- The lag time (sometimes decades) between a toxic exposure and the emergence of PD symptoms. For example, previous studies have shown that exposure to pesticides Paraquat and/or maneb increased PD risk decades after initial contact (Costello et al. 2009, Am J, Epidemiol, 169(8): 919-926).
- Studies conducted using different methods, making them difficult to compare.
- Some studies fail to account for factors known to be associated with PD risk, such as age, smoking history, pesticide exposure, and time between exposures and disease onset.
- There are differences in what components of air pollution are measured, as well as the timing and methods used to determine exposure.
Nevertheless, as this field is in its early stages, research is valuable and necessary to further the process of scientific discovery. Thus, the authors thoroughly investigated English-language studies published regarding air pollution and neurodegeneration through June 1, 2021 — including epidemiological (the study of disease impact on a population), basic science studies and reviews.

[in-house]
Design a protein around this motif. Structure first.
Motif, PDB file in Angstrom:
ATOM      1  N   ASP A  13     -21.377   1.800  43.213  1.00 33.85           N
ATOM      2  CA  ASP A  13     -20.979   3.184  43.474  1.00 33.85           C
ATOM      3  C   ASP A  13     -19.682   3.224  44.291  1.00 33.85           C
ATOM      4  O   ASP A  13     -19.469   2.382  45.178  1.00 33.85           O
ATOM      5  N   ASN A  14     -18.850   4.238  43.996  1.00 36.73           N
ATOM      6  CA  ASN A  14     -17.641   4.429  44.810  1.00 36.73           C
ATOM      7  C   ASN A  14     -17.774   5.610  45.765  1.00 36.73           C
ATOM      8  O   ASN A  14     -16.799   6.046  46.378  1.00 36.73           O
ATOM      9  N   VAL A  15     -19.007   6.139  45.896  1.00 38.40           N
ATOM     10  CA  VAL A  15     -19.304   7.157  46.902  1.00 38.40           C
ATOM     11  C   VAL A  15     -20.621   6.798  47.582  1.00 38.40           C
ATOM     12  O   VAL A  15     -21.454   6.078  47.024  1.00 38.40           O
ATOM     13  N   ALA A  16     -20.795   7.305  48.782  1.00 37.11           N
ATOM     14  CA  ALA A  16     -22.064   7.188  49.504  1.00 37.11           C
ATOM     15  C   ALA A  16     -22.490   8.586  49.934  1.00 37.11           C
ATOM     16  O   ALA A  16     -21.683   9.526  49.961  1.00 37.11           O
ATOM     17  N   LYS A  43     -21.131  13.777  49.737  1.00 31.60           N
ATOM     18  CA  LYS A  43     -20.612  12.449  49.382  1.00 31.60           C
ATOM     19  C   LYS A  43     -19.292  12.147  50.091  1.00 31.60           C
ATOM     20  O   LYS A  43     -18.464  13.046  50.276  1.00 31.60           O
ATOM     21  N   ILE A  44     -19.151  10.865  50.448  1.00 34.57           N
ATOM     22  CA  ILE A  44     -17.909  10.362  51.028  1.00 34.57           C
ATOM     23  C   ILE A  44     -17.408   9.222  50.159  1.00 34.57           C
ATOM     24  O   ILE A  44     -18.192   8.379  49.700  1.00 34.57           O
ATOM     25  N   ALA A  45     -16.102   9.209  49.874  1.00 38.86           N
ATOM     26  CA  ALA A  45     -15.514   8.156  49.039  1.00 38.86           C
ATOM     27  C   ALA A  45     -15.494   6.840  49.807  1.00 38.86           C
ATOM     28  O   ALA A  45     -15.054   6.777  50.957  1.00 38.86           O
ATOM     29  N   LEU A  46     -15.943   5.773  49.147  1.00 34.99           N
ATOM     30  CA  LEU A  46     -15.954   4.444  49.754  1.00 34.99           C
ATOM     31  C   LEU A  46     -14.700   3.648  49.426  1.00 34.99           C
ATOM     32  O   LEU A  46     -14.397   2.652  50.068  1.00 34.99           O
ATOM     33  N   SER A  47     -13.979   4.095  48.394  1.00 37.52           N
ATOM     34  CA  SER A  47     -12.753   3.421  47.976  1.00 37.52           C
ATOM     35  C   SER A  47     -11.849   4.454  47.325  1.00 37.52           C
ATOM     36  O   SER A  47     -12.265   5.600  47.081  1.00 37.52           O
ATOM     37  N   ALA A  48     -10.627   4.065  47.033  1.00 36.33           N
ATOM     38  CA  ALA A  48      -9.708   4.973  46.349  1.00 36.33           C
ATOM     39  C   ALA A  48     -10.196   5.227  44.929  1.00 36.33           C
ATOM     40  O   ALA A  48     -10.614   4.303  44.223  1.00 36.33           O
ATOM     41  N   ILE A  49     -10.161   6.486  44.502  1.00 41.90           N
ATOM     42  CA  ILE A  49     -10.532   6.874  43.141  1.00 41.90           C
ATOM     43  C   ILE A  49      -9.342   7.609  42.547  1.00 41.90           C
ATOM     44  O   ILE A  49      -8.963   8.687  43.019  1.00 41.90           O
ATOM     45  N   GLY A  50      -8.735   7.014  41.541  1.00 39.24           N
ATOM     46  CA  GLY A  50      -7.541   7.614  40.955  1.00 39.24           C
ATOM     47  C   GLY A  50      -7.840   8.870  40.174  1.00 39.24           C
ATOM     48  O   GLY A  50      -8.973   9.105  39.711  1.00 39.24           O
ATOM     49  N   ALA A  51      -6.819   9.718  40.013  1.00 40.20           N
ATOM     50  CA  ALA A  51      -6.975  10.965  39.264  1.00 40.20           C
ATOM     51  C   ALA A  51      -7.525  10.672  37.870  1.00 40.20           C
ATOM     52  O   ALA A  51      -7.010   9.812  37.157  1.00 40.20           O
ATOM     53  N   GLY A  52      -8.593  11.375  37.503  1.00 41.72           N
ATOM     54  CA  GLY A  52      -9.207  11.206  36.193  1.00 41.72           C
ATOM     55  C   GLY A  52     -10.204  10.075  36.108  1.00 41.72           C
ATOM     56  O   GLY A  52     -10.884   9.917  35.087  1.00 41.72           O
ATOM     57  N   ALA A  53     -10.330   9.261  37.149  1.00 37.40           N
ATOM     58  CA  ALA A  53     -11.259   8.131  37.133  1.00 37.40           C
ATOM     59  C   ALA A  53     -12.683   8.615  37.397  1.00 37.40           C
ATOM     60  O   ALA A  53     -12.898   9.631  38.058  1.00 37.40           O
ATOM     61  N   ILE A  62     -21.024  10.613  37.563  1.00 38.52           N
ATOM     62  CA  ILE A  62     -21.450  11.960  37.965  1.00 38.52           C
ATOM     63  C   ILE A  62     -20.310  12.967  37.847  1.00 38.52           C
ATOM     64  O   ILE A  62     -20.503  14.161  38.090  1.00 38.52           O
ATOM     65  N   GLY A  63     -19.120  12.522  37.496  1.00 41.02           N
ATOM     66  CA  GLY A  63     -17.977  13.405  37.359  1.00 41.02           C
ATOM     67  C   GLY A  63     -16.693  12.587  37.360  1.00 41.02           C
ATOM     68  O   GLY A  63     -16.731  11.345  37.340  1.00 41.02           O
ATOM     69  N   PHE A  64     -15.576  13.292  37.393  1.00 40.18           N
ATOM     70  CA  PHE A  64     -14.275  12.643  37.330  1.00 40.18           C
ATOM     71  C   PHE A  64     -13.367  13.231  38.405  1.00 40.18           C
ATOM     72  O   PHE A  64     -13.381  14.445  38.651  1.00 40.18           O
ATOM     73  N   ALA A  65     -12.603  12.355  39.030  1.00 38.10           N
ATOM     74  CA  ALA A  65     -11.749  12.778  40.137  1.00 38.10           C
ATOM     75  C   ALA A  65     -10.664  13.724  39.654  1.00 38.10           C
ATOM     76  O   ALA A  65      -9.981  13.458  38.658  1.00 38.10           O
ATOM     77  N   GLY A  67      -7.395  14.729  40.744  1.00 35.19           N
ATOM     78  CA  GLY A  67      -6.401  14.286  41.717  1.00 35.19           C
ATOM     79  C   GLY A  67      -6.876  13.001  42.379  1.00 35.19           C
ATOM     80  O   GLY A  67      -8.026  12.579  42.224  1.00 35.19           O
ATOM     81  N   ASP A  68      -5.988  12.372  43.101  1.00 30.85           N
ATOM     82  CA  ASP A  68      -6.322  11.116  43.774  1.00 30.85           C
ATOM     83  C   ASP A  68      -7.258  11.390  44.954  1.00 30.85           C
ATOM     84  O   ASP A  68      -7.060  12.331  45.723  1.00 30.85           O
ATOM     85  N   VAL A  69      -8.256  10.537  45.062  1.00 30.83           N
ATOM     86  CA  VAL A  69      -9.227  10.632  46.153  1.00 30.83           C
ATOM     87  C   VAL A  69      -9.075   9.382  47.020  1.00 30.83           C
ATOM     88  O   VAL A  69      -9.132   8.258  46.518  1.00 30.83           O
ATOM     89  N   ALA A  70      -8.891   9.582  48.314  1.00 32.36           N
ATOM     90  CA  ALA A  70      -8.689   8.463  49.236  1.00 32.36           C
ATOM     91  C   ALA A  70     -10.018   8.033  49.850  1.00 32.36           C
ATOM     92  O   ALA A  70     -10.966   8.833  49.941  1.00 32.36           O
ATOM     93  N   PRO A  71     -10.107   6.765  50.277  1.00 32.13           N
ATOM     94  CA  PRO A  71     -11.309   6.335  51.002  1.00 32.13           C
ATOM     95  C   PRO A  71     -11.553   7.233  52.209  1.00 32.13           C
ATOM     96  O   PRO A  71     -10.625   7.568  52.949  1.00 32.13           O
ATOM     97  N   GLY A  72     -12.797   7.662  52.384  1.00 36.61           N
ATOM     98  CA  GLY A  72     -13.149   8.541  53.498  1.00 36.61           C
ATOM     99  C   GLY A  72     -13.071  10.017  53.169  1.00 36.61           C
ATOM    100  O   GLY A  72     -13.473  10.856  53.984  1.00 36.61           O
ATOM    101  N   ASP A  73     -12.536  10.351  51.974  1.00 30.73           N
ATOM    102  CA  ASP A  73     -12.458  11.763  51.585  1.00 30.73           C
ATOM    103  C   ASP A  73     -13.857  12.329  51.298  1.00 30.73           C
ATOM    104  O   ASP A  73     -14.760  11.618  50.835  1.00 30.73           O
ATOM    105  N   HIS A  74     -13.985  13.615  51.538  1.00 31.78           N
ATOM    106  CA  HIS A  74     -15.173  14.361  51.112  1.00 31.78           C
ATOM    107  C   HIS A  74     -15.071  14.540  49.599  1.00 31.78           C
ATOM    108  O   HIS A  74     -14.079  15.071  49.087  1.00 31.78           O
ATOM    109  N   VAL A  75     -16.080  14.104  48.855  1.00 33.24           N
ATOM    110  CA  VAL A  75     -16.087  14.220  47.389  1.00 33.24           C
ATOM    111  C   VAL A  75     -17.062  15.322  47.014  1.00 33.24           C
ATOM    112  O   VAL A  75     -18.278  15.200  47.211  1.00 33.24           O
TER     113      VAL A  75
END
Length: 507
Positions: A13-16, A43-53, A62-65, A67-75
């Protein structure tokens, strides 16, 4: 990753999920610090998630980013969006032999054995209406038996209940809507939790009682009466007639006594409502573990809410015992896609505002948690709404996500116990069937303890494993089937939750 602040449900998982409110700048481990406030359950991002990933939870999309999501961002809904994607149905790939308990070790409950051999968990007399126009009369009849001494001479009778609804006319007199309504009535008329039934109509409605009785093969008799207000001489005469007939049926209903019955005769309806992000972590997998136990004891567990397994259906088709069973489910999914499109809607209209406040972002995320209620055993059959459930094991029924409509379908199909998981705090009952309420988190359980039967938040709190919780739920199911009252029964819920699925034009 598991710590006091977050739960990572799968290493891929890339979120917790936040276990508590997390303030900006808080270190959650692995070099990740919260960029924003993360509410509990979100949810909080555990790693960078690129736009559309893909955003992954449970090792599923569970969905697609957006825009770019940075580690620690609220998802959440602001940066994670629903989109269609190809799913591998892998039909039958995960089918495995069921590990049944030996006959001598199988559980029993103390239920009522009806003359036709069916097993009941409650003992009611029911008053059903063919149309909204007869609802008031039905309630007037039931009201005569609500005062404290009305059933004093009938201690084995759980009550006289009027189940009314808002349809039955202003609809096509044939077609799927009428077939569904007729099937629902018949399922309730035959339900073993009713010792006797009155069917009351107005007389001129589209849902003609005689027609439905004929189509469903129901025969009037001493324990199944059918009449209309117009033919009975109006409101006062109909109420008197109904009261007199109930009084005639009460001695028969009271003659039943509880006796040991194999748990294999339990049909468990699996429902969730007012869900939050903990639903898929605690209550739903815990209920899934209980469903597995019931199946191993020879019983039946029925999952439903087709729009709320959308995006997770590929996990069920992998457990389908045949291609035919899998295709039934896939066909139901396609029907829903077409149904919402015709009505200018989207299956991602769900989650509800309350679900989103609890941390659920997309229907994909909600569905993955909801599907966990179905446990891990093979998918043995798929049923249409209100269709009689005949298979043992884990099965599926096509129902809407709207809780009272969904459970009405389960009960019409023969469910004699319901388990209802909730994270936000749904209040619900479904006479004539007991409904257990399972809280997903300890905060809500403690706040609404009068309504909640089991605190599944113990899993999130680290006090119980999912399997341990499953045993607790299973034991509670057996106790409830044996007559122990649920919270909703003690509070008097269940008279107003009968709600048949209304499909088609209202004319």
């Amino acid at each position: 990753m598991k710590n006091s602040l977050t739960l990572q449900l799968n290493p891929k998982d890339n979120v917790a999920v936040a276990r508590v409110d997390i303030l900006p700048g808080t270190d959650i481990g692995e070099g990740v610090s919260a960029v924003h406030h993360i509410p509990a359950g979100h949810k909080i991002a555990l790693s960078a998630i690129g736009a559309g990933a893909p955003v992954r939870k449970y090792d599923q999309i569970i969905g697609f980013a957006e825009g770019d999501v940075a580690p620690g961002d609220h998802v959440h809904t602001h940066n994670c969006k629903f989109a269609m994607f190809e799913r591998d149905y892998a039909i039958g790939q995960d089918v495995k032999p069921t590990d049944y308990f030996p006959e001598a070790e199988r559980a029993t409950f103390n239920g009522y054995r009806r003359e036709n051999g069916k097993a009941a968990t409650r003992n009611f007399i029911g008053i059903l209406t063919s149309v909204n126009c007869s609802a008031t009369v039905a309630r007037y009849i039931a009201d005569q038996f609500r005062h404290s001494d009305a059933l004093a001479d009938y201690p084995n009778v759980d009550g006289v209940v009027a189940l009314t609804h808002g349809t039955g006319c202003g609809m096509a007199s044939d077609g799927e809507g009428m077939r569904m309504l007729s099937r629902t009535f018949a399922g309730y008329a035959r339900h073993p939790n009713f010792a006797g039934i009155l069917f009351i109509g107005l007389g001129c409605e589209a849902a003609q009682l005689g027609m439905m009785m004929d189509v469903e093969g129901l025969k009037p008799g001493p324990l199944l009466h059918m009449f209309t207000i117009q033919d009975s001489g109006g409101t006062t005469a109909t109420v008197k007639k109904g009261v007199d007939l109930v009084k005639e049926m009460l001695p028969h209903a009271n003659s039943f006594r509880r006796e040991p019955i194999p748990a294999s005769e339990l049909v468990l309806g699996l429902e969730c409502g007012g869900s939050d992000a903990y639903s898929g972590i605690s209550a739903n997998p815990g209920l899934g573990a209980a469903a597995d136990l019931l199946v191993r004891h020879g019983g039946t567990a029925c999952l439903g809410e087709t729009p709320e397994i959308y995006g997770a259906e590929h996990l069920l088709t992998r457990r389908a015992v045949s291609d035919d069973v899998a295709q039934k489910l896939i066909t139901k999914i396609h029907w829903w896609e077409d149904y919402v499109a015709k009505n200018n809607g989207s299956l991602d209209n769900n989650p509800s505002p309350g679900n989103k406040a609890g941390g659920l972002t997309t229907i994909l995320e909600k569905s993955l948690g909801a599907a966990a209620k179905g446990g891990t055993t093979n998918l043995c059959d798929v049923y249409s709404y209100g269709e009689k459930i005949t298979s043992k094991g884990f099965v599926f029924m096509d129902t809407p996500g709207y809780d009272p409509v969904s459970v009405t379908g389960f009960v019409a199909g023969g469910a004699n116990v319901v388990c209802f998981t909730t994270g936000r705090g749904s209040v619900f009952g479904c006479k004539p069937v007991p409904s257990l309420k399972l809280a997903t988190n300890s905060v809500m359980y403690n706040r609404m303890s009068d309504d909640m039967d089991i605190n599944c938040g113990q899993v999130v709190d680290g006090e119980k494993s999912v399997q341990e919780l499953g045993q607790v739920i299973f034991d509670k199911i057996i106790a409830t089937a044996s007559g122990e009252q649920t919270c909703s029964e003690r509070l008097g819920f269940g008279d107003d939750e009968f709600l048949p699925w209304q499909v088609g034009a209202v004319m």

The authors concluded that air pollution is an emerging risk factor in the development of Parkinson’s disease. Researchers identified four pathways as to how air pollution may increase the risk of PD development:
- Direct neurotoxicity and neuroinflammation: Components of air pollution reach the brain through the bloodstream and/or breathing through the nose. Once in the brain, air pollution can be neurotoxic (poisonous to the nervous system) and cause neuroinflammation, which can increase the accumulation of alpha-synuclein (a protein found in the brain that plays a key role in Parkinson’s) and decrease the number of dopaminergic neurons — both classic signs of PD pathology.
- Air pollution – lung – brain connection: Exposure to air pollution can cause inflammation in the airway and lungs, which in turn can cause brain inflammation. This ultimately can lead to brain cell injury and death.